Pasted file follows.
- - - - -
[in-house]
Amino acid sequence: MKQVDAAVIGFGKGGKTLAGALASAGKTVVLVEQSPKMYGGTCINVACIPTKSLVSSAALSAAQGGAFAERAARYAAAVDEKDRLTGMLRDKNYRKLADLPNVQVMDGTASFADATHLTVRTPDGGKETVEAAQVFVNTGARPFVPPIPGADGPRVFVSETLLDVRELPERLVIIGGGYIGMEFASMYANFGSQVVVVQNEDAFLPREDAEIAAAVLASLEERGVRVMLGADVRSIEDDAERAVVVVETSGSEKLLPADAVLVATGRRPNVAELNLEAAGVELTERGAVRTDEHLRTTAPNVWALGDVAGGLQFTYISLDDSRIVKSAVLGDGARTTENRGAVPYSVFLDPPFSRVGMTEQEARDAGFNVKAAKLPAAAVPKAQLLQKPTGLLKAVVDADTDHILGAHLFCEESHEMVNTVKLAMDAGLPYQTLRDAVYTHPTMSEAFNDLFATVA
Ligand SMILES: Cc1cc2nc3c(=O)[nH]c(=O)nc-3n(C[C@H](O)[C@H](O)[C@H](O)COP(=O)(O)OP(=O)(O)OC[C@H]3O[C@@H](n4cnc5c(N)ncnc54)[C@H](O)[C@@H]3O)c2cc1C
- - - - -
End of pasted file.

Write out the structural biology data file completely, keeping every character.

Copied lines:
[in-house]
Amino acid sequence: MKQVDAAVIGFGKGGKTLAGALASAGKTVVLVEQSPKMYGGTCINVACIPTKSLVSSAALSAAQGGAFAERAARYAAAVDEKDRLTGMLRDKNYRKLADLPNVQVMDGTASFADATHLTVRTPDGGKETVEAAQVFVNTGARPFVPPIPGADGPRVFVSETLLDVRELPERLVIIGGGYIGMEFASMYANFGSQVVVVQNEDAFLPREDAEIAAAVLASLEERGVRVMLGADVRSIEDDAERAVVVVETSGSEKLLPADAVLVATGRRPNVAELNLEAAGVELTERGAVRTDEHLRTTAPNVWALGDVAGGLQFTYISLDDSRIVKSAVLGDGARTTENRGAVPYSVFLDPPFSRVGMTEQEARDAGFNVKAAKLPAAAVPKAQLLQKPTGLLKAVVDADTDHILGAHLFCEESHEMVNTVKLAMDAGLPYQTLRDAVYTHPTMSEAFNDLFATVA
Ligand SMILES: Cc1cc2nc3c(=O)[nH]c(=O)nc-3n(C[C@H](O)[C@H](O)[C@H](O)COP(=O)(O)OP(=O)(O)OC[C@H]3O[C@@H](n4cnc5c(N)ncnc54)[C@H](O)[C@@H]3O)c2cc1C